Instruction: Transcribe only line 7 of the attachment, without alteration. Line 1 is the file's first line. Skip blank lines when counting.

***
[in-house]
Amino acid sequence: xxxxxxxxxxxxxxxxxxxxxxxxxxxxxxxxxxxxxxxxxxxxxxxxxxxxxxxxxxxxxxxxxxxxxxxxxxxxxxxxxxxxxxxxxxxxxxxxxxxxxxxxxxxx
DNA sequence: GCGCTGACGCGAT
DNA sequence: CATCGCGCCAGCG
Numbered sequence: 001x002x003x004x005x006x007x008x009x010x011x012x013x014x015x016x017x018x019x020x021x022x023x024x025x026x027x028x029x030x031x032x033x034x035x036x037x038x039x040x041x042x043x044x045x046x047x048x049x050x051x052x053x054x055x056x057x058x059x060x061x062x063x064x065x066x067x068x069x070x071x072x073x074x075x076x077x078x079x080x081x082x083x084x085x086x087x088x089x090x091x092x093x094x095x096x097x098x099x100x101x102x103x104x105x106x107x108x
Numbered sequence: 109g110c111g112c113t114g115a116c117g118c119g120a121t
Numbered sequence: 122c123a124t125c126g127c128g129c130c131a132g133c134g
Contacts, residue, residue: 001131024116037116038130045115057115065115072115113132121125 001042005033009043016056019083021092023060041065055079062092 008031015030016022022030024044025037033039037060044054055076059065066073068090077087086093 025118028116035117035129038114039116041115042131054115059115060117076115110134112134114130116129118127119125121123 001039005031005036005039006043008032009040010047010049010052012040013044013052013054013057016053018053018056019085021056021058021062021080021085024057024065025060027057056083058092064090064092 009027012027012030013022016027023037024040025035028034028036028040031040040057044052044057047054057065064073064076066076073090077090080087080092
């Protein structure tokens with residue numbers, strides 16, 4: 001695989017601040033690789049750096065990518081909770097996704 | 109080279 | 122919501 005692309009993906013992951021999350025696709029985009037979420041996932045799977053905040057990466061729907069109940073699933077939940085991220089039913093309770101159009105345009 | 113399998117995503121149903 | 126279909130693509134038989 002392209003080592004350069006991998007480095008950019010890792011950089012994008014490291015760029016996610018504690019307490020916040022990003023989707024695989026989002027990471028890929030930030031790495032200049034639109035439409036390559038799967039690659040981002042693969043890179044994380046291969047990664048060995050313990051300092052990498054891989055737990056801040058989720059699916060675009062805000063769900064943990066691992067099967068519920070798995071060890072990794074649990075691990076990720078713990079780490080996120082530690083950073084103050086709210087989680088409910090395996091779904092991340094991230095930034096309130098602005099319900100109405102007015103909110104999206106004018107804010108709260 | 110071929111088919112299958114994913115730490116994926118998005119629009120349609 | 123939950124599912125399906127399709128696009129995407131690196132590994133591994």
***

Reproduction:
Numbered sequence: 122c123a124t125c126g127c128g129c130c131a132g133c134g